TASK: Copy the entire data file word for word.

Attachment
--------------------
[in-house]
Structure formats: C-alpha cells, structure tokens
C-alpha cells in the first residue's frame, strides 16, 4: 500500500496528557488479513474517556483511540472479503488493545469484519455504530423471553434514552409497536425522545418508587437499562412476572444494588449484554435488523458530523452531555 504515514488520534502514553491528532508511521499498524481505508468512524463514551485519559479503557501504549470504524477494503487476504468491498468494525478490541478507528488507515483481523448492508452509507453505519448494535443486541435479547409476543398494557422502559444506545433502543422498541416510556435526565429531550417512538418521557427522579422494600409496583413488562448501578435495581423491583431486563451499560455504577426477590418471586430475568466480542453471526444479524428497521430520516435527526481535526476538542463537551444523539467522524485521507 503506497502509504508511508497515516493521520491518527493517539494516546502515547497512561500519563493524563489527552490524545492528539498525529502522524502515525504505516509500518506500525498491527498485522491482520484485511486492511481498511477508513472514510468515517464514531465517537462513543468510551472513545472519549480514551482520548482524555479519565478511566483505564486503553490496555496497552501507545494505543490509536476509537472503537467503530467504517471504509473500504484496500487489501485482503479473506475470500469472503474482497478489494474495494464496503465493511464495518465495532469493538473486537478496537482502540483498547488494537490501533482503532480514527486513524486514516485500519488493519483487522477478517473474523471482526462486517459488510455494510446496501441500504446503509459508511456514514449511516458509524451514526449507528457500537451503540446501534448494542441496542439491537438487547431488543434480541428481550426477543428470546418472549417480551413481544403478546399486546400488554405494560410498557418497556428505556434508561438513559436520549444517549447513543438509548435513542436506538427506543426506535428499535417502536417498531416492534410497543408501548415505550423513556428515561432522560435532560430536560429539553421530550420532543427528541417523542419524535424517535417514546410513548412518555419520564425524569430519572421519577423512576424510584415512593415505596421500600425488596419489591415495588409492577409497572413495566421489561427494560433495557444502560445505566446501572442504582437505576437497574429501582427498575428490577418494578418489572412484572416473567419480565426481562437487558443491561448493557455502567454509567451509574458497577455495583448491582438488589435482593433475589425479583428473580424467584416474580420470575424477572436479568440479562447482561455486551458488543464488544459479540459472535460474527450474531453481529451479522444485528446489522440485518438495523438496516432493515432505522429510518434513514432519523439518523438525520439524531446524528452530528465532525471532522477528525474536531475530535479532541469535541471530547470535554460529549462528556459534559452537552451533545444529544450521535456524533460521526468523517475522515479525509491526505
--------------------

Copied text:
[in-house]
Structure formats: C-alpha cells, structure tokens
C-alpha cells in the first residue's frame, strides 16, 4: 500500500496528557488479513474517556483511540472479503488493545469484519455504530423471553434514552409497536425522545418508587437499562412476572444494588449484554435488523458530523452531555 504515514488520534502514553491528532508511521499498524481505508468512524463514551485519559479503557501504549470504524477494503487476504468491498468494525478490541478507528488507515483481523448492508452509507453505519448494535443486541435479547409476543398494557422502559444506545433502543422498541416510556435526565429531550417512538418521557427522579422494600409496583413488562448501578435495581423491583431486563451499560455504577426477590418471586430475568466480542453471526444479524428497521430520516435527526481535526476538542463537551444523539467522524485521507 503506497502509504508511508497515516493521520491518527493517539494516546502515547497512561500519563493524563489527552490524545492528539498525529502522524502515525504505516509500518506500525498491527498485522491482520484485511486492511481498511477508513472514510468515517464514531465517537462513543468510551472513545472519549480514551482520548482524555479519565478511566483505564486503553490496555496497552501507545494505543490509536476509537472503537467503530467504517471504509473500504484496500487489501485482503479473506475470500469472503474482497478489494474495494464496503465493511464495518465495532469493538473486537478496537482502540483498547488494537490501533482503532480514527486513524486514516485500519488493519483487522477478517473474523471482526462486517459488510455494510446496501441500504446503509459508511456514514449511516458509524451514526449507528457500537451503540446501534448494542441496542439491537438487547431488543434480541428481550426477543428470546418472549417480551413481544403478546399486546400488554405494560410498557418497556428505556434508561438513559436520549444517549447513543438509548435513542436506538427506543426506535428499535417502536417498531416492534410497543408501548415505550423513556428515561432522560435532560430536560429539553421530550420532543427528541417523542419524535424517535417514546410513548412518555419520564425524569430519572421519577423512576424510584415512593415505596421500600425488596419489591415495588409492577409497572413495566421489561427494560433495557444502560445505566446501572442504582437505576437497574429501582427498575428490577418494578418489572412484572416473567419480565426481562437487558443491561448493557455502567454509567451509574458497577455495583448491582438488589435482593433475589425479583428473580424467584416474580420470575424477572436479568440479562447482561455486551458488543464488544459479540459472535460474527450474531453481529451479522444485528446489522440485518438495523438496516432493515432505522429510518434513514432519523439518523438525520439524531446524528452530528465532525471532522477528525474536531475530535479532541469535541471530547470535554460529549462528556459534559452537552451533545444529544450521535456524533460521526468523517475522515479525509491526505